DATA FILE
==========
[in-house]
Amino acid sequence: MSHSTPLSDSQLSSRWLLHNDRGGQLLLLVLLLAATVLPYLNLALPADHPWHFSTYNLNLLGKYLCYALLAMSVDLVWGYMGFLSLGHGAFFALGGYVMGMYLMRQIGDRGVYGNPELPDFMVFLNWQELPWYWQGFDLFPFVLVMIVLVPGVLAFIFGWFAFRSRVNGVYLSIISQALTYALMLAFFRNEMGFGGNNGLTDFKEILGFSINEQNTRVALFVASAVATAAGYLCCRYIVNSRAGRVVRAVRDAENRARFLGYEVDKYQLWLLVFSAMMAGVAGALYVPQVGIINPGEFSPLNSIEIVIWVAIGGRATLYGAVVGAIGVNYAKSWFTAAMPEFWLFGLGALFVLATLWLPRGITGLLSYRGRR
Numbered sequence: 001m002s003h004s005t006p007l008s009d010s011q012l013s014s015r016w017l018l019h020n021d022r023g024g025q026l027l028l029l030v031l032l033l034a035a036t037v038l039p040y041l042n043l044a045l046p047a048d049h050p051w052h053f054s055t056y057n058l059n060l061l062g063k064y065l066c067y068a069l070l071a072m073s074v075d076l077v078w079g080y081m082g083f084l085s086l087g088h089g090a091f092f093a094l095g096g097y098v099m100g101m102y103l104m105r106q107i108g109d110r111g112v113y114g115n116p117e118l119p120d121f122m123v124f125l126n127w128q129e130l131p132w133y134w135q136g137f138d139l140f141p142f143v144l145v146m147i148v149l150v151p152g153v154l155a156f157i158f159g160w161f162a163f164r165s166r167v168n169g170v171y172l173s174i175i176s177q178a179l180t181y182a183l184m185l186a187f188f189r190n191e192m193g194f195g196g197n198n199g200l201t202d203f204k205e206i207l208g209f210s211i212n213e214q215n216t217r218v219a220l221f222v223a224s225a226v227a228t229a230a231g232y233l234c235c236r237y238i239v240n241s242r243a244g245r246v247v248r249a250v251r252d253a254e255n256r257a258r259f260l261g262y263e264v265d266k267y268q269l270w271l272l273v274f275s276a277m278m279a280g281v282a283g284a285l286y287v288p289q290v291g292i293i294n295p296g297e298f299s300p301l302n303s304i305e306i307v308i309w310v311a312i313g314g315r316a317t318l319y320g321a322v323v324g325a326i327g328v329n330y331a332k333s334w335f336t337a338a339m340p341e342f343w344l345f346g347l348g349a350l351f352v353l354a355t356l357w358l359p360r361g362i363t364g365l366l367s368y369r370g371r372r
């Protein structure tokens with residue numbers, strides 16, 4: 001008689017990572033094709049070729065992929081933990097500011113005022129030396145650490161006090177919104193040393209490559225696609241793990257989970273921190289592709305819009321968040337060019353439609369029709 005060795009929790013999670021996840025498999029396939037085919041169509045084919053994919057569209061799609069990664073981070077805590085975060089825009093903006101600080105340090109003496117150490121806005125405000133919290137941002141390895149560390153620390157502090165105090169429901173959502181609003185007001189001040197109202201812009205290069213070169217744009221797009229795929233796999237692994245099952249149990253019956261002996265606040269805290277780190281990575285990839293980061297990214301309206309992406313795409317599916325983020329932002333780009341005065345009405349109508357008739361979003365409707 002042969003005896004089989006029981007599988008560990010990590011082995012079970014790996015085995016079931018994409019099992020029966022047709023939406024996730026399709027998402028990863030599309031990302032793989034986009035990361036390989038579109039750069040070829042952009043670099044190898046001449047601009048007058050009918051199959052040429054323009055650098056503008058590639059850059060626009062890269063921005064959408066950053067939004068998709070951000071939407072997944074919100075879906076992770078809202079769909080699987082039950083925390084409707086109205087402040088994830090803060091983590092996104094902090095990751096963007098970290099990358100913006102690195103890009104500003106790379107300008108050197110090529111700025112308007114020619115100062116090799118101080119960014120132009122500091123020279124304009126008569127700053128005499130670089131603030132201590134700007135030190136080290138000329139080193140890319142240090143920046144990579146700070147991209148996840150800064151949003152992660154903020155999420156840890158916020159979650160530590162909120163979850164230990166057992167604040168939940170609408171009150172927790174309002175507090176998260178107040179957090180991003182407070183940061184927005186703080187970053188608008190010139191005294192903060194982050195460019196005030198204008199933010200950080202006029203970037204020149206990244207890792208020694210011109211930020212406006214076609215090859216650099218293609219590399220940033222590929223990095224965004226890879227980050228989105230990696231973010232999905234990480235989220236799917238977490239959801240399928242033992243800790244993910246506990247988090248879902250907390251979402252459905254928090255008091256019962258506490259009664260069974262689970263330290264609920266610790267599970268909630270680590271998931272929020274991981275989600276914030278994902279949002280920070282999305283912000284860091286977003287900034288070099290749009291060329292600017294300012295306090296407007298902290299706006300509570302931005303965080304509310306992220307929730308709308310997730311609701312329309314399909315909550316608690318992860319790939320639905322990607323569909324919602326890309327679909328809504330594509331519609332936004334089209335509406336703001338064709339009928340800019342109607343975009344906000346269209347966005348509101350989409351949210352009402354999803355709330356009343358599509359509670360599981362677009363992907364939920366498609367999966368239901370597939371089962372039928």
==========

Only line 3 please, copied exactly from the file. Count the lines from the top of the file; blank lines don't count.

Numbered sequence: 001m002s003h004s005t006p007l008s009d010s011q012l013s014s015r016w017l018l019h020n021d022r023g024g025q026l027l028l029l030v031l032l033l034a035a036t037v038l039p040y041l042n043l044a045l046p047a048d049h050p051w052h053f054s055t056y057n058l059n060l061l062g063k064y065l066c067y068a069l070l071a072m073s074v075d076l077v078w079g080y081m082g083f084l085s086l087g088h089g090a091f092f093a094l095g096g097y098v099m100g101m102y103l104m105r106q107i108g109d110r111g112v113y114g115n116p117e118l119p120d121f122m123v124f125l126n127w128q129e130l131p132w133y134w135q136g137f138d139l140f141p142f143v144l145v146m147i148v149l150v151p152g153v154l155a156f157i158f159g160w161f162a163f164r165s166r167v168n169g170v171y172l173s174i175i176s177q178a179l180t181y182a183l184m185l186a187f188f189r190n191e192m193g194f195g196g197n198n199g200l201t202d203f204k205e206i207l208g209f210s211i212n213e214q215n216t217r218v219a220l221f222v223a224s225a226v227a228t229a230a231g232y233l234c235c236r237y238i239v240n241s242r243a244g245r246v247v248r249a250v251r252d253a254e255n256r257a258r259f260l261g262y263e264v265d266k267y268q269l270w271l272l273v274f275s276a277m278m279a280g281v282a283g284a285l286y287v288p289q290v291g292i293i294n295p296g297e298f299s300p301l302n303s304i305e306i307v308i309w310v311a312i313g314g315r316a317t318l319y320g321a322v323v324g325a326i327g328v329n330y331a332k333s334w335f336t337a338a339m340p341e342f343w344l345f346g347l348g349a350l351f352v353l354a355t356l357w358l359p360r361g362i363t364g365l366l367s368y369r370g371r372r